Don’t Get Down with the Kids

Kids

Aren’t they cute?

Children are naturally very good at some things. For example, they are exceptionally good at playing. They need very little help with this, and in fact, they don’t even need toys. Some sticks and mud are more than enough once they get going. Very young ones need some encouragement and example, but this is best provided not by adults but by older children. Adults just aren’t so good at playing.

Adults are, however, good at being still and focusing on a task. They are good at finishing one thing before moving on to something else. They are good at listening politely and not interrupting. They have a much wider knowledge and vocabulary. Adults have knowledge and skills which children need to learn if they are to mature successfully.

And yet, bizarrely, there are many adults who try their best to behave like children when they are interacting with them. They try to join in with their games. They try to reduce their vocabulary. They try to get ‘down with the kids’.

Imagine if we did this with babies. When we were in their presence, we would only use words they already knew. So we wouldn’t speak to them at all. We would try to act like them as much as possible. So we had better not walk, or we might alienate them. Better roll around on the floor and wave our arms around, imitating all that wonderful natural spontaneity. After all, we wouldn’t want to corrupt them with our artificial adult ways.

If we get down, will they ever grow up? We are raising adults, not children.

The lowering of adult dignity and authority even continues into interaction with adolescents, who are nearing adulthood themselves. Adults try to learn about the latest drivel to issue from the popular culture industry. They try to learn teenage slang. In doing so, they are making themselves look ridiculous and encouraging the arrogance of teenagers, who think they know so much more than their uncool elders about what really matters.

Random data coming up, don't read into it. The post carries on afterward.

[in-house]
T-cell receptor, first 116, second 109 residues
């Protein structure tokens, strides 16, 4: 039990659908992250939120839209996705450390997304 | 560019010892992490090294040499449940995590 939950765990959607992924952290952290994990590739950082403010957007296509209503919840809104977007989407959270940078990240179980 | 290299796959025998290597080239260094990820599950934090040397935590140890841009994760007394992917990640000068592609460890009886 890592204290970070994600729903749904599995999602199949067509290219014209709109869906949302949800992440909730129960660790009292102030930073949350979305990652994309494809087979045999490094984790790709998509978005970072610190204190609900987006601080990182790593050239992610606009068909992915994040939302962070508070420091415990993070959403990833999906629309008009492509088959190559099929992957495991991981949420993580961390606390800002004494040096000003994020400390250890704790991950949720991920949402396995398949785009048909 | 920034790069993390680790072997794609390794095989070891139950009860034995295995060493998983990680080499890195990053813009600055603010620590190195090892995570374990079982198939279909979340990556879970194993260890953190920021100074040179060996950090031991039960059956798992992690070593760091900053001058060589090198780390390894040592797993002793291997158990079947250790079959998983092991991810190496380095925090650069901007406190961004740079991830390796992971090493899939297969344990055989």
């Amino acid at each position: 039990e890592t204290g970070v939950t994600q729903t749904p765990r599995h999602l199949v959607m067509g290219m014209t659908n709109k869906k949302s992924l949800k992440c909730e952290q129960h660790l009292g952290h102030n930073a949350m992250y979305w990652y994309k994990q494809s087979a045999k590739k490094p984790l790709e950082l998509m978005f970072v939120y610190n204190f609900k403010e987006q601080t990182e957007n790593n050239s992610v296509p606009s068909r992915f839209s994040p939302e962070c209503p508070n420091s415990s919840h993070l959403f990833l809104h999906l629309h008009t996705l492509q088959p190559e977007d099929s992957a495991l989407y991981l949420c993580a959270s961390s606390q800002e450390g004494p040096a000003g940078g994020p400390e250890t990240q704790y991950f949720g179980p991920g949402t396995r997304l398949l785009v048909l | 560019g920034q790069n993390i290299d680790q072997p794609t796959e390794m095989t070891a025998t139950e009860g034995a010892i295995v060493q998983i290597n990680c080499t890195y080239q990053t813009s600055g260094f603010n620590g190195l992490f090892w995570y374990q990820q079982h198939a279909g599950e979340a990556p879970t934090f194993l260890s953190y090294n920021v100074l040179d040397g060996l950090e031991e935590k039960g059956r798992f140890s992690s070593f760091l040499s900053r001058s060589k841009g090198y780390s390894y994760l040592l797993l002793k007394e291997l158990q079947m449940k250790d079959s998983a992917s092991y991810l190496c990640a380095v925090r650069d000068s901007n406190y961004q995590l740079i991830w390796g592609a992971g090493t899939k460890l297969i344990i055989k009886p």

The teenagers are wrong. Adults know a lot more than they do. And yet so many adults are shy about passing on their knowledge, or about using vocabulary that will not be instantly accessible to the young. They don’t want to be ‘didactic’; they don’t want to alienate young people with ‘lectures’.

I’ve had to discover many a valuable piece of information in a slow, uncertain and laborious way, because no one explained it to me when I was young. What’s the problem with wanting my own children, or my pupils, to be spared that pain?

(Image from Wikimedia).

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7 thoughts on “Don’t Get Down with the Kids

  1. Best line: “If we get down, will they ever grow up? We are raising adults, not children.”

    It’s my biggest pet peeve that we do not allow children to learn from their peers, and that adult interaction with them, when learning a sport on the playground, or social interaction with others, needs to be learned from other kids. Adult intervention only makes it worse, and I would also suggest that is one reason why bullying is such a hot topic these days. If we allowed the kids to resolve these issues on their own, without having the grown ups constantly interfering, their understanding and conflict resolution skills would be a lot stronger, and better.